Tapas is the element in our yoga practice that keeps us focused and builds our inner strength. It is the element that gets us back on the mat the next day even if in yesterday’s practice we relived an old heartbreak.


How often do we get on the mat and it is hard to switch ourselves off from the overwhelming petty desires or the to-do list? We might be on the mat, but not fully present. To practice tapas, we need to be in the moment and drop auto-pilot mode.

Svadhyaya Sankalpa Day 9: Svadhyaya

The invitation of this whole challenge has been Swadhyaya – committing to studying the Self. The true goal of Yoga being Self Realisation

Swami Rama described the Yamas and Niyamas as the 10 Commitments – committing to understanding ourselves and what makes us tick. Really every principle of the Yamas and Niyamas teaches us something about ourselves – how we interact with the world, what fuels our judgements, how honest we are with ourselves and so all of the yamas and niyamas give us a lens for self study.

Patanjali talked about svadhyaya as sudying the scriptures, but Swami Rama says “Studying our own thoughts, deeds and actions is the real study.”

We could read a pile of books on yoga and a library full of books on enlightenment and they will certainly give us insights – but until we actually embody the teachings and offer up our own life experiences to the teachings, nothing changes. We might get glimpses – but we need to apply the teachings to on our own unique emotional baggage.


Contemplation is polishing the mirror. Looking inside and not looking away if we encounter something that we don’t like. Continuing to look inside if we are confronted by an out-of-date belief or a long-held judgement. Today’s contemplation is simply to sit with whatever is.

“The authentic life we seek is as close as our nose.” Judith Lasater.

Svadhyaya Sankalpa Day 10: Ishwara Pranidhana

Surrender Surrendering to the Divine – tuning into Universal Wisdom. What did Patanjali mean by ‘Ishwara’ or the Lord? By not giving a name of a specific deity Krishna or Shiva – this invitation of surrender to the Divine is open to our own individual journey. In which ways do we directly experience that Oneness – that sense of connection or communion?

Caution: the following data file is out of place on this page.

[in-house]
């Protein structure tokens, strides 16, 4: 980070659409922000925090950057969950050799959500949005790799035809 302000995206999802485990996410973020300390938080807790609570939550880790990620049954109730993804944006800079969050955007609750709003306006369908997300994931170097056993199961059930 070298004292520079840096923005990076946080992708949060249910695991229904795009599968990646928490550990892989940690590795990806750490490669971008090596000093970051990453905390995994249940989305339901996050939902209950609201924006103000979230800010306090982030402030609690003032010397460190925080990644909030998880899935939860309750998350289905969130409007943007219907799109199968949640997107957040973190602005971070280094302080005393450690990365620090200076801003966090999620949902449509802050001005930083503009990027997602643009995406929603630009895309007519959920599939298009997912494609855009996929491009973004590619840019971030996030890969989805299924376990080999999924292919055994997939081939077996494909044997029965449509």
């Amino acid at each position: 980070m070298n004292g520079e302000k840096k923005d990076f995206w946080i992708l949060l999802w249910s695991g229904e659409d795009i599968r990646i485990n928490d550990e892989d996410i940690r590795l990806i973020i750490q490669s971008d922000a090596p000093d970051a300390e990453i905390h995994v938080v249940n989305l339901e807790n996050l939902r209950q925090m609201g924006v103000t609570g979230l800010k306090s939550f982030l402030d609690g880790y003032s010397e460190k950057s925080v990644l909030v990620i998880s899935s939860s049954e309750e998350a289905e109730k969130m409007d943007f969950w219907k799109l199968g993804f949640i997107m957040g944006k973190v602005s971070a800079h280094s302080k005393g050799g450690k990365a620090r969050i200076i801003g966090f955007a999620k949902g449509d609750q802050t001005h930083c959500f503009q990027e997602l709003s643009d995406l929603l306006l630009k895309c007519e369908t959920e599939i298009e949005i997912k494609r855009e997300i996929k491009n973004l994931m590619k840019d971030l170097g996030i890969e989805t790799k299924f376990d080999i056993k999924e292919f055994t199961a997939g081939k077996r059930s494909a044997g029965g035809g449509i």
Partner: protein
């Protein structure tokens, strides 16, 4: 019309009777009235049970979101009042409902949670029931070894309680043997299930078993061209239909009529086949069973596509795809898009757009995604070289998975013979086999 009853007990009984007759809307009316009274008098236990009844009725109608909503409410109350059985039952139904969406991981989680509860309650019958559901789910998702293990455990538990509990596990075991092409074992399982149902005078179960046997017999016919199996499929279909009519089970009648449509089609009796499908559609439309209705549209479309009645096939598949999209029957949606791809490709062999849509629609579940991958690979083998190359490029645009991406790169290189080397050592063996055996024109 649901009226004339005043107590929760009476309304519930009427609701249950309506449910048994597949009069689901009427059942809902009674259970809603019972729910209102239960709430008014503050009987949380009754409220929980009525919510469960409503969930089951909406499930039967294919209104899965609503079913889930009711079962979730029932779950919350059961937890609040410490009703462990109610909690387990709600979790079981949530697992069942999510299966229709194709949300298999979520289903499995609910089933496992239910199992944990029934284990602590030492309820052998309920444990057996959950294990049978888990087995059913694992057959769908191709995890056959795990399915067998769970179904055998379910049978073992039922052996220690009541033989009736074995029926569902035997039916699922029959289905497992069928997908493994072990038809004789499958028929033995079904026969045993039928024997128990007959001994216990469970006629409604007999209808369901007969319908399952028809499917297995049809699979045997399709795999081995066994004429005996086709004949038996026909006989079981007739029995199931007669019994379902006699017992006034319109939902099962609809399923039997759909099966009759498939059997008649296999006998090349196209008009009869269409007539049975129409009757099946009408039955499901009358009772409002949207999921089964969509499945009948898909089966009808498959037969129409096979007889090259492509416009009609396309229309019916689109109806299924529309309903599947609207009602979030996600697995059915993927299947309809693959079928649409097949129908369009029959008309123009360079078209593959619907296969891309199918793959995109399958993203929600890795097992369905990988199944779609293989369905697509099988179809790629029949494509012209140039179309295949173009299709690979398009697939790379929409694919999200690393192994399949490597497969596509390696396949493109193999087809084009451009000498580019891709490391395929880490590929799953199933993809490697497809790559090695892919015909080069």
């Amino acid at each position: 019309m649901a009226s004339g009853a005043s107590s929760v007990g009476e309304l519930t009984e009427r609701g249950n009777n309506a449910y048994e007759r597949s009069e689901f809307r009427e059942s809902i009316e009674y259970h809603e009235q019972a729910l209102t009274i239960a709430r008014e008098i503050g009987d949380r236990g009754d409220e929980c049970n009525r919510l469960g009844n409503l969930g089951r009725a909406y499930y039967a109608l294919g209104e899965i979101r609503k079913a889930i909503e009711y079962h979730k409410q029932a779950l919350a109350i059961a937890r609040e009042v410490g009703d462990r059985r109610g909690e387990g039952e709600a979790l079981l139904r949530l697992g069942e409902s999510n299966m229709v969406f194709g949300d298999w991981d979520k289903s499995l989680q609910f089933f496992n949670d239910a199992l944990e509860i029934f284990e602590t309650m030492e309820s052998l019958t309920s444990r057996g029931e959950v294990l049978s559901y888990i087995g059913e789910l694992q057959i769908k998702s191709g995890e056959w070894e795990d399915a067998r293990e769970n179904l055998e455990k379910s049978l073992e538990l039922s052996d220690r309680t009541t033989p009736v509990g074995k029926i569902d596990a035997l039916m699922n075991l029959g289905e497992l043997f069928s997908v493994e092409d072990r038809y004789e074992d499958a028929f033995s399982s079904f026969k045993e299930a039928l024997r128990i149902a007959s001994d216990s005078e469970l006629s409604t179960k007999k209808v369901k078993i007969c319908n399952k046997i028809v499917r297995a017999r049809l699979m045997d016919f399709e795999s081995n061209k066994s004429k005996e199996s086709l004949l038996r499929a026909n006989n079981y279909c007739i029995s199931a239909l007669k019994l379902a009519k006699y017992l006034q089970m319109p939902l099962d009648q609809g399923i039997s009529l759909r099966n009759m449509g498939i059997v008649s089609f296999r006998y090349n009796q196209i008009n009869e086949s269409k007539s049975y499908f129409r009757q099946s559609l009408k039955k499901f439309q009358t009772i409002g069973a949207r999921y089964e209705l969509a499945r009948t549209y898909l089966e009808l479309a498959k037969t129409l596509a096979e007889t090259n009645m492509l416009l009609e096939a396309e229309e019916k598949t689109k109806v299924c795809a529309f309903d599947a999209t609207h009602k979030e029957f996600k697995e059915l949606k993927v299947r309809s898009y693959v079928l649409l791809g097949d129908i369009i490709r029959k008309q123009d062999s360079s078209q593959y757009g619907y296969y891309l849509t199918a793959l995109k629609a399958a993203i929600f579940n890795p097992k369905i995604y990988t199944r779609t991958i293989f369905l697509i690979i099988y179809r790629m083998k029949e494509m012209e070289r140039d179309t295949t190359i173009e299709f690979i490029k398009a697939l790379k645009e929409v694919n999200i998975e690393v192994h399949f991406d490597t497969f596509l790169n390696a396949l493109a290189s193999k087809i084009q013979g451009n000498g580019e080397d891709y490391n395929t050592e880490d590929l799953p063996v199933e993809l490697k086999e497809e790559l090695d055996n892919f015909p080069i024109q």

Whether we choose to devote ourselves by chanting Krishna mantras, hiking in the forest and connecting to Nature, lighting a candle in church or temple or meditating and tuning into our Essential Nature?

Whether we look outwards to the Divine or tune inwards to see the Divine inside – this is the ultimate invitation of yoga

– Contemplation-Our sankalpa is a conscious intention-our heart’s desire. This challenge has been about stripping away old stories so that we can learn more about ourselves (swadhyaya)-this is our sankalpa. So now let’s take time to focus on our sankalpa.

Maybe as a reflection of this challenge, our sankalpa becomes: ‘I know My Self’


Sit for a while and think about an intention that would radically change your life. A sankalpa is not a wish – we need to drop the language of ‘I want’–when we use this language we are hinting that we are not this already – that there is work to do. Actually the greatest realisation in yoga is that we are perfect as we already are–there might be some conditionings and misunderstandings to clear away–but our Essential Nature is perfect

So ‘I want to Know Myself’ becomes ‘I Know Myself’–A conscious statement, rather than a wish… or maybe even just ‘I am’

Or maybe ‘I want to feel complete’ becomes ‘I am Whole’ or ‘I am One’. Really anything over three or four words makes it too complicated. Our sankalpa – our conscious intention is short and sweet – purposeful and life-changing

For some it takes years to come up with a sankalpa–so take the pressure off – tune into an intention that works for now–this week or this month–a working sankalpa that fuels you for this part of your journey


 Viriam Kaur Profile

Viriam Kaur

Teacher of Yoga Philosophy at Himalaya Yoga Valley

Viriam has been teaching yoga philosophy with Himalaya Yoga Valley since 2011. She trained with the SKY School of Kundalini Yoga (Yogi Bhajan) in the UK in 2003 and has been teaching around the world ever since. She has furthered her studies of yogic philosophy with the Oxford College of Hindu Studies.

You can follow Viriam’s teaching on her Instagram